• The first forms of life (bacteria and algae) are preserved as fossils in late March
  • The first multi-celled creatures (seaweed) appear on September 3
  • Phanerozoic Eon (most recent eon) begins on November 11
  • Reptiles appear on December 5
  • The first mammals appear December 14
  • Dinosaurs go extinct December 26
  • The first hominids (human-like ancestors) appear at 5 PM on December 31 (7 hours before midnight)
  • The first modern humans (Homo sapiens) appear at 11:48 PM on December 31 (12 minutes to midnight)
  • The last glacier receded at 11:58:45 p.m. on December 31 (1 minute and 15 seconds before midnight)
  • Written history begins at 11:59:30 on December 31 (30 seconds before midnight)
  • Columbus lands in the Americas 3 seconds before midnight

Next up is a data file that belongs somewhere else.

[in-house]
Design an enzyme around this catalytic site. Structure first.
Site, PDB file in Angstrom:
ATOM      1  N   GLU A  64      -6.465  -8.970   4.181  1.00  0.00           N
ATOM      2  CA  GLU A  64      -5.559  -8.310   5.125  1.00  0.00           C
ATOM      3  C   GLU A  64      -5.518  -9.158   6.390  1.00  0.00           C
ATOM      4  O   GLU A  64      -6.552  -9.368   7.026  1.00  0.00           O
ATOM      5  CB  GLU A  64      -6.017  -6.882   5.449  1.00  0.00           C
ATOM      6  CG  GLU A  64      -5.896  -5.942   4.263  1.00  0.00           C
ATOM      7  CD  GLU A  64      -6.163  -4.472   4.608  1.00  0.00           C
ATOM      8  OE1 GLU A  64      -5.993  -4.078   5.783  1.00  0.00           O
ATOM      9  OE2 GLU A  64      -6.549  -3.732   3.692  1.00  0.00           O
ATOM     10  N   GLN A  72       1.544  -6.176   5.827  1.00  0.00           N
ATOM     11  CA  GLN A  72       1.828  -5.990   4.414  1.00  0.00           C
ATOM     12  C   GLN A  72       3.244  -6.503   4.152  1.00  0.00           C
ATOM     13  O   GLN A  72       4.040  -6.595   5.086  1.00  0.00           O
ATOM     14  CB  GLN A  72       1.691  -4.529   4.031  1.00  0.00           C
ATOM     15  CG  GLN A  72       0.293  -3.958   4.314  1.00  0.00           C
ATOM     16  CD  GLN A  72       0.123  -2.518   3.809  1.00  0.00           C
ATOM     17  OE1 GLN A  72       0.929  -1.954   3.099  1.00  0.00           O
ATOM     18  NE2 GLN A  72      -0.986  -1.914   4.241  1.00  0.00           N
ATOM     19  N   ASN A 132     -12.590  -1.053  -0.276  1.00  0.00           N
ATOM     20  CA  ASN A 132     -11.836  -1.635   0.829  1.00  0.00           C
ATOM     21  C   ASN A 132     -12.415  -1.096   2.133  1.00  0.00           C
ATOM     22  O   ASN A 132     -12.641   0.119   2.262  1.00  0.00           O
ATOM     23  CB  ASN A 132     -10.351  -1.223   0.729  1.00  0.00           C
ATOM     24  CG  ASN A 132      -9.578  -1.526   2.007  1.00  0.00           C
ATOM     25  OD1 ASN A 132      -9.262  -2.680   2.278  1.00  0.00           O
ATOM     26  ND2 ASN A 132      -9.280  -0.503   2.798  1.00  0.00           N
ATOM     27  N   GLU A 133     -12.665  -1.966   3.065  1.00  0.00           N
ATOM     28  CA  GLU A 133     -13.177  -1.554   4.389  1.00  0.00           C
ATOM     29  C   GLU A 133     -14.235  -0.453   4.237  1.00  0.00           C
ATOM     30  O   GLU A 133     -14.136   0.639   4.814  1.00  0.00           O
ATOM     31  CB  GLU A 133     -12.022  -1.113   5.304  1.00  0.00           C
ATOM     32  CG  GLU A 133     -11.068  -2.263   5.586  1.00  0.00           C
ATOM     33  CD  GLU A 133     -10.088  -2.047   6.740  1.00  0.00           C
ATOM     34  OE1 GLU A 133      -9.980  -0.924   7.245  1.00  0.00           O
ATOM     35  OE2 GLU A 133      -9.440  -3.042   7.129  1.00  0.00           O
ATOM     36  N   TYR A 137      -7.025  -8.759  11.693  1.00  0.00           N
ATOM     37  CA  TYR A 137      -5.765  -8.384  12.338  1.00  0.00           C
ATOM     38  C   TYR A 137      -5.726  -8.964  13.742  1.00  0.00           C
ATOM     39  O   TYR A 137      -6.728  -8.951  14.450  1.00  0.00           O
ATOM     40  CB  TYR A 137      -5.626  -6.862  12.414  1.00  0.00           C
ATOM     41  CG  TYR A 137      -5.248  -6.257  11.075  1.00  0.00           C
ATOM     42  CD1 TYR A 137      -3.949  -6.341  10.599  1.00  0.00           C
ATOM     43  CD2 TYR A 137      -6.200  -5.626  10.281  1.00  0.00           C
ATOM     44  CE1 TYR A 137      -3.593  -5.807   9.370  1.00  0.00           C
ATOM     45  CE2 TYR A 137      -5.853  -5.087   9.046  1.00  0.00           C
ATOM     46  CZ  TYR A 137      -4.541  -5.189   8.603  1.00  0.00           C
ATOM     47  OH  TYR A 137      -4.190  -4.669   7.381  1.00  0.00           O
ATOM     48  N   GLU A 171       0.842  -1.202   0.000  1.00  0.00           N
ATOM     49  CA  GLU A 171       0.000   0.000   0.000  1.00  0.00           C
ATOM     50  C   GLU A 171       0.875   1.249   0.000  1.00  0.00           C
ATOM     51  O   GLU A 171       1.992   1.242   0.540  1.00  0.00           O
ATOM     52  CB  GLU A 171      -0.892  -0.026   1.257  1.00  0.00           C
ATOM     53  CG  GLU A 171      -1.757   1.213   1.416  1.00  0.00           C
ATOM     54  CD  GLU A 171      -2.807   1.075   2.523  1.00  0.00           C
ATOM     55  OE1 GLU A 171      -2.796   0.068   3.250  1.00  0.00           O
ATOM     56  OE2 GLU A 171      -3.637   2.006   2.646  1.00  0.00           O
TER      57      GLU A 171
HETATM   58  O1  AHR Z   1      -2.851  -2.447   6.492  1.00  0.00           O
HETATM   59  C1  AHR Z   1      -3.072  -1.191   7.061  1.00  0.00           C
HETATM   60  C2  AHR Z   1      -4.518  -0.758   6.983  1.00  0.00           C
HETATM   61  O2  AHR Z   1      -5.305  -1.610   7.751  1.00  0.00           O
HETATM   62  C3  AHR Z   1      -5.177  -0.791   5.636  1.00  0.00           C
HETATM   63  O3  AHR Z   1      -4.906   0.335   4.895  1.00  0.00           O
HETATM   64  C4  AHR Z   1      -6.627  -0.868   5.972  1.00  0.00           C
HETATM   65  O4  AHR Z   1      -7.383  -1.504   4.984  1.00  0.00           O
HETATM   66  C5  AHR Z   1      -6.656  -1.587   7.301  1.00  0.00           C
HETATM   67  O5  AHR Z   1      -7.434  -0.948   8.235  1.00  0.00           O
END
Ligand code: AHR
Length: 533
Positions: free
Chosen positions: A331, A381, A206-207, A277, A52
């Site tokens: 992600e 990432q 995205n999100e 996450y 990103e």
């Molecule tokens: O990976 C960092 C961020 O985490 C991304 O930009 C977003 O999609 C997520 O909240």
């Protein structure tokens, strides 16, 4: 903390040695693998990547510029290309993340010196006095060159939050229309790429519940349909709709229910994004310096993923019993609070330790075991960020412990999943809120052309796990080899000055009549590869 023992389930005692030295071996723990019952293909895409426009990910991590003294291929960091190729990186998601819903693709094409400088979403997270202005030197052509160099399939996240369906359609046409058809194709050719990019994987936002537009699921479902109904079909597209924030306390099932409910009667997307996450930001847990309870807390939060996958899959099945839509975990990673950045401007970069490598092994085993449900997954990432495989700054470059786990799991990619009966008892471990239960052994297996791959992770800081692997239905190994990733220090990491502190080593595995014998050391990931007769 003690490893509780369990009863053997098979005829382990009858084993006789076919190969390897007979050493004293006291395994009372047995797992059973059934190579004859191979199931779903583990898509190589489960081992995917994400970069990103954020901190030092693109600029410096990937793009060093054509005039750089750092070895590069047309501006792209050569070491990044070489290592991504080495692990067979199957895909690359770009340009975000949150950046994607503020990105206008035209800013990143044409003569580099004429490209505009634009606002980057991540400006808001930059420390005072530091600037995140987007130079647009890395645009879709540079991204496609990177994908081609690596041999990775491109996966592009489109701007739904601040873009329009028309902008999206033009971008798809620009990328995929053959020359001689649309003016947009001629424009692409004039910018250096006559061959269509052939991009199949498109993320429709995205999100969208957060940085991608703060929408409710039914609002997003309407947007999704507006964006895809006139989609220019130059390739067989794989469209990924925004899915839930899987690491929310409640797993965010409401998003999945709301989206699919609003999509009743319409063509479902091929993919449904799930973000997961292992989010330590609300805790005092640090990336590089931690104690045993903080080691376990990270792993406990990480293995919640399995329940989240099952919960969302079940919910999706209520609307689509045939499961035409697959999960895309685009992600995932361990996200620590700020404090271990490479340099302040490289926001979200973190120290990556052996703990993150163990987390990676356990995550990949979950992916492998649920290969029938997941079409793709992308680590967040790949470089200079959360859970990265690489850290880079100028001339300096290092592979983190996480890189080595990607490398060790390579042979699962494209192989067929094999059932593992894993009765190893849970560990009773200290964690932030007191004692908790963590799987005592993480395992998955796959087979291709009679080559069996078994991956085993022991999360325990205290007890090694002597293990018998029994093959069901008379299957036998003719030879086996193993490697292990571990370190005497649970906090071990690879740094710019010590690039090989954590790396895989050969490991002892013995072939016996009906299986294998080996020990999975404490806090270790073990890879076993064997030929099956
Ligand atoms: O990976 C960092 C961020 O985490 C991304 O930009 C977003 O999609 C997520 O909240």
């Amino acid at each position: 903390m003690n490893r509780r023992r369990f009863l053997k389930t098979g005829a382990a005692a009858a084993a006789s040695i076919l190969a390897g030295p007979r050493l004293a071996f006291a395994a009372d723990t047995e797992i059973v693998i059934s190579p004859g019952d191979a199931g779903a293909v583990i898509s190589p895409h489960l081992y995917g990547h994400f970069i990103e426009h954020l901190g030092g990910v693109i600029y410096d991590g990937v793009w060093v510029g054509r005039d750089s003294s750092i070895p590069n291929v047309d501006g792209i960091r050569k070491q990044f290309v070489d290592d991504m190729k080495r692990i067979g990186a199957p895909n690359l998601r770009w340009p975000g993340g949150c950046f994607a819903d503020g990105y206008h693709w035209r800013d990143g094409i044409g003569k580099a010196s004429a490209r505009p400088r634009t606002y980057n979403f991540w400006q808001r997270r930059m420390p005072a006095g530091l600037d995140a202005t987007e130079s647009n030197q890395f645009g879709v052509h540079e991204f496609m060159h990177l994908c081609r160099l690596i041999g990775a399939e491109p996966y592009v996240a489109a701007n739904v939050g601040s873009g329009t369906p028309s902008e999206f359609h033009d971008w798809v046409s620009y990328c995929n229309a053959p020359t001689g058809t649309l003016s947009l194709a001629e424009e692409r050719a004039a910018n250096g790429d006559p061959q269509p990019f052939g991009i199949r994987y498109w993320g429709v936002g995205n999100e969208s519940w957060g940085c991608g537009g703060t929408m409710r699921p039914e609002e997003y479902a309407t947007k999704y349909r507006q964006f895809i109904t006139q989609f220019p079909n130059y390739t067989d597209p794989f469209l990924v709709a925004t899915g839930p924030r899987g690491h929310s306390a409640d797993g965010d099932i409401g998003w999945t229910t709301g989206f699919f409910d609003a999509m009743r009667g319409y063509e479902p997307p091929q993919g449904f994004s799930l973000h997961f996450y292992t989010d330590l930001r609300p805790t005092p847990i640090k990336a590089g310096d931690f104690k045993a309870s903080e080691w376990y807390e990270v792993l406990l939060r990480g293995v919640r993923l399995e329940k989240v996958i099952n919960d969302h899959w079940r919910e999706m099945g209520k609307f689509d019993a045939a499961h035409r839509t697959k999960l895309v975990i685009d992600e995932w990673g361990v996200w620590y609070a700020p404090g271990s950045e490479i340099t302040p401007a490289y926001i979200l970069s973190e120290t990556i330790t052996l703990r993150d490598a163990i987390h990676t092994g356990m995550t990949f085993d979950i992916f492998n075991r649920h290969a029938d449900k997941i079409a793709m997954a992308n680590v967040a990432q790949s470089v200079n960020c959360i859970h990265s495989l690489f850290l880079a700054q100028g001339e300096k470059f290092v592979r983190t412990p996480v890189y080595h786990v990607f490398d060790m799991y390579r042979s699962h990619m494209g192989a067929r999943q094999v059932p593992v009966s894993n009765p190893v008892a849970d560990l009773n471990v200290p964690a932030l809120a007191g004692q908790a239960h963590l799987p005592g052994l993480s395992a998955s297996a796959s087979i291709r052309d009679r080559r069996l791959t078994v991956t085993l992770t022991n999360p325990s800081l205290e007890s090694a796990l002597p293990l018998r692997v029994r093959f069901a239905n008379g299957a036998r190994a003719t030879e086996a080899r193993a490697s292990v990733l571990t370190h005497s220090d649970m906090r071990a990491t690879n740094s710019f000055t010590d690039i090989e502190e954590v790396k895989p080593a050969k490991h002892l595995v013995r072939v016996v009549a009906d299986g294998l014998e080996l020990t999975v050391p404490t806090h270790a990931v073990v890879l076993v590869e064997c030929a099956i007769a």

• You were born 1/10th of a second before midnight

Geologic time as the distance from Los Angeles to New York City:

  • The distance from LA to NYC is approximately 4500 kilometers (km). Therefore, each kilometer represents one million years of Earth history. Look at a map of the United States. Start the geologic time journey in LA.
  • Precambrian would last until Pittsburgh
  • Paleozoic would be entirely in Pennsylvania
  • Mesozoic would get us to New Jersey, only 66 km from NYC.
  • The most recent Ice Age ended about 10,000 years ago. 10,000 years = 1/100 of a million years = 10 meters.
  • The past 2000 years of history would be represented by a sidewalk (2 meters)
  • A human lifespan would be half of the width of a curb (100 millimeters)